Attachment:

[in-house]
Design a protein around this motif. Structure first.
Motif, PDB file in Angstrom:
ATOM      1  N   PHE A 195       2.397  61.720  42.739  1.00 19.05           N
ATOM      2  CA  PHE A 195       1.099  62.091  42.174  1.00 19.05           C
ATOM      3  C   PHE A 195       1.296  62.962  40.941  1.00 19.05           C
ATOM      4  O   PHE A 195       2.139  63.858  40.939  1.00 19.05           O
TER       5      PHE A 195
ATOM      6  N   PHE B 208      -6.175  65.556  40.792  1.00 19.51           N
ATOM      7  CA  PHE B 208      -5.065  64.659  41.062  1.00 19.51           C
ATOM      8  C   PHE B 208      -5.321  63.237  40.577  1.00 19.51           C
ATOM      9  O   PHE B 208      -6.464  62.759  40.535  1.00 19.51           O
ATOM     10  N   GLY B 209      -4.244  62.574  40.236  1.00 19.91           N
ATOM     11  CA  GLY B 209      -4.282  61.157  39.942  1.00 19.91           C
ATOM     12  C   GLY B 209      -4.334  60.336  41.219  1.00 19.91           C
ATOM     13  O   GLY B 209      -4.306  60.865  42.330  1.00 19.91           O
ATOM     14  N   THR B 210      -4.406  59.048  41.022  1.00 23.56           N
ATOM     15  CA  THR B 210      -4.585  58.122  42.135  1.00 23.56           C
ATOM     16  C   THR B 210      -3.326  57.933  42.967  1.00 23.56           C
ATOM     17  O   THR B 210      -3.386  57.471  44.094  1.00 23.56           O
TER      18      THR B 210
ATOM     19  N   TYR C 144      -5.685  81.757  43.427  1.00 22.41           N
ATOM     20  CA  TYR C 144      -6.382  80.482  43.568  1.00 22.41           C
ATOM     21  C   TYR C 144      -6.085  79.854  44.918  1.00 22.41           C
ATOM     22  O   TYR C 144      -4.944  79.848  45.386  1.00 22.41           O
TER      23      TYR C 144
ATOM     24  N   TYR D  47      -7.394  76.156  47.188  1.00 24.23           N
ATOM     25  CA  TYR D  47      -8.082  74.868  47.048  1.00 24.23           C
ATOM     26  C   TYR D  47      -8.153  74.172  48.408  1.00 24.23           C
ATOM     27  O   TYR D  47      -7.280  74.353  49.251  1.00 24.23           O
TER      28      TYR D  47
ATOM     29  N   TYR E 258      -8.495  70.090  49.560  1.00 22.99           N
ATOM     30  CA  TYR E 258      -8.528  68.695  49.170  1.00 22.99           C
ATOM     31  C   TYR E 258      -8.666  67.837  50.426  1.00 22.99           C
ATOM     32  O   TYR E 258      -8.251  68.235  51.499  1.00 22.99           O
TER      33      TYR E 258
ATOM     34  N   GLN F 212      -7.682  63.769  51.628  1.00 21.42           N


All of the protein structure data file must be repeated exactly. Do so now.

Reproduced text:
[in-house]
Design a protein around this motif. Structure first.
Motif, PDB file in Angstrom:
ATOM      1  N   PHE A 195       2.397  61.720  42.739  1.00 19.05           N
ATOM      2  CA  PHE A 195       1.099  62.091  42.174  1.00 19.05           C
ATOM      3  C   PHE A 195       1.296  62.962  40.941  1.00 19.05           C
ATOM      4  O   PHE A 195       2.139  63.858  40.939  1.00 19.05           O
TER       5      PHE A 195
ATOM      6  N   PHE B 208      -6.175  65.556  40.792  1.00 19.51           N
ATOM      7  CA  PHE B 208      -5.065  64.659  41.062  1.00 19.51           C
ATOM      8  C   PHE B 208      -5.321  63.237  40.577  1.00 19.51           C
ATOM      9  O   PHE B 208      -6.464  62.759  40.535  1.00 19.51           O
ATOM     10  N   GLY B 209      -4.244  62.574  40.236  1.00 19.91           N
ATOM     11  CA  GLY B 209      -4.282  61.157  39.942  1.00 19.91           C
ATOM     12  C   GLY B 209      -4.334  60.336  41.219  1.00 19.91           C
ATOM     13  O   GLY B 209      -4.306  60.865  42.330  1.00 19.91           O
ATOM     14  N   THR B 210      -4.406  59.048  41.022  1.00 23.56           N
ATOM     15  CA  THR B 210      -4.585  58.122  42.135  1.00 23.56           C
ATOM     16  C   THR B 210      -3.326  57.933  42.967  1.00 23.56           C
ATOM     17  O   THR B 210      -3.386  57.471  44.094  1.00 23.56           O
TER      18      THR B 210
ATOM     19  N   TYR C 144      -5.685  81.757  43.427  1.00 22.41           N
ATOM     20  CA  TYR C 144      -6.382  80.482  43.568  1.00 22.41           C
ATOM     21  C   TYR C 144      -6.085  79.854  44.918  1.00 22.41           C
ATOM     22  O   TYR C 144      -4.944  79.848  45.386  1.00 22.41           O
TER      23      TYR C 144
ATOM     24  N   TYR D  47      -7.394  76.156  47.188  1.00 24.23           N
ATOM     25  CA  TYR D  47      -8.082  74.868  47.048  1.00 24.23           C
ATOM     26  C   TYR D  47      -8.153  74.172  48.408  1.00 24.23           C
ATOM     27  O   TYR D  47      -7.280  74.353  49.251  1.00 24.23           O
TER      28      TYR D  47
ATOM     29  N   TYR E 258      -8.495  70.090  49.560  1.00 22.99           N
ATOM     30  CA  TYR E 258      -8.528  68.695  49.170  1.00 22.99           C
ATOM     31  C   TYR E 258      -8.666  67.837  50.426  1.00 22.99           C
ATOM     32  O   TYR E 258      -8.251  68.235  51.499  1.00 22.99           O
TER      33      TYR E 258
ATOM     34  N   GLN F 212      -7.682  63.769  51.628  1.00 21.42           N